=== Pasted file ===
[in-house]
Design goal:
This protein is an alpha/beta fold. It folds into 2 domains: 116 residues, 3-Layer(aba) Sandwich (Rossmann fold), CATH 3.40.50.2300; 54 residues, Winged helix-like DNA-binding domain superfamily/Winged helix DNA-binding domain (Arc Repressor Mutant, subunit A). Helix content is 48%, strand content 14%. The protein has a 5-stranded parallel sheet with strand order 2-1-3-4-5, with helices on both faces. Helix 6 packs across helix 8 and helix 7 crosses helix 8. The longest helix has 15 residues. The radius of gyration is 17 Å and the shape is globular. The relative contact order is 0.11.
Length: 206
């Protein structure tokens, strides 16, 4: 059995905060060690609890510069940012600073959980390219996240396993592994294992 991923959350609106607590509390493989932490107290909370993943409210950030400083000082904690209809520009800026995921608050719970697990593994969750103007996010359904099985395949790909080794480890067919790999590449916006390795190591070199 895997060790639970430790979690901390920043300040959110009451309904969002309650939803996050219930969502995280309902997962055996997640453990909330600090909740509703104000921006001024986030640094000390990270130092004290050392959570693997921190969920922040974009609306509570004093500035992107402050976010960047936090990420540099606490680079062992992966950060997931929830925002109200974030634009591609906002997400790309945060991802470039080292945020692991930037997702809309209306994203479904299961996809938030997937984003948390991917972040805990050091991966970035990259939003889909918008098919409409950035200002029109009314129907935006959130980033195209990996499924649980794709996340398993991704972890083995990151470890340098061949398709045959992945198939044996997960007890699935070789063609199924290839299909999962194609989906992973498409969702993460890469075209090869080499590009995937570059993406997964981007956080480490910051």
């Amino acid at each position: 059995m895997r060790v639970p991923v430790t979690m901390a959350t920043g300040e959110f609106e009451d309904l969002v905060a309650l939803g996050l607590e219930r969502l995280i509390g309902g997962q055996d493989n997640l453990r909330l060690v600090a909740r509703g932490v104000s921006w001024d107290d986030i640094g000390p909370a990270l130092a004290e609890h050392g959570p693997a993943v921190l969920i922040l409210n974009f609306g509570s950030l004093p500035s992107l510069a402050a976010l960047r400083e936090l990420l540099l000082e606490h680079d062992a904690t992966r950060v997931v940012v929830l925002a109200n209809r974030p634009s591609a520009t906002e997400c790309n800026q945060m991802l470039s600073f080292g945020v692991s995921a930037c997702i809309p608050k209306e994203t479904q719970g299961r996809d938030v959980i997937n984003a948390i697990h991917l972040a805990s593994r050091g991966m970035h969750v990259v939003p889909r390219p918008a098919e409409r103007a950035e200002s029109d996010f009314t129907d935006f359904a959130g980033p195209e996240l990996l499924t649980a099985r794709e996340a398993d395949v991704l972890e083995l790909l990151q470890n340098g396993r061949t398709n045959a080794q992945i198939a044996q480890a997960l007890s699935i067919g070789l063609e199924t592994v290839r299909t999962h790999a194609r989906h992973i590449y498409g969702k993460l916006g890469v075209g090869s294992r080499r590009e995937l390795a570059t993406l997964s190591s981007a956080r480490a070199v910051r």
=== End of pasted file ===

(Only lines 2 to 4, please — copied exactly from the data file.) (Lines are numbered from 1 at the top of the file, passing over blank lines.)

Design goal:
This protein is an alpha/beta fold. It folds into 2 domains: 116 residues, 3-Layer(aba) Sandwich (Rossmann fold), CATH 3.40.50.2300; 54 residues, Winged helix-like DNA-binding domain superfamily/Winged helix DNA-binding domain (Arc Repressor Mutant, subunit A). Helix content is 48%, strand content 14%. The protein has a 5-stranded parallel sheet with strand order 2-1-3-4-5, with helices on both faces. Helix 6 packs across helix 8 and helix 7 crosses helix 8. The longest helix has 15 residues. The radius of gyration is 17 Å and the shape is globular. The relative contact order is 0.11.
Length: 206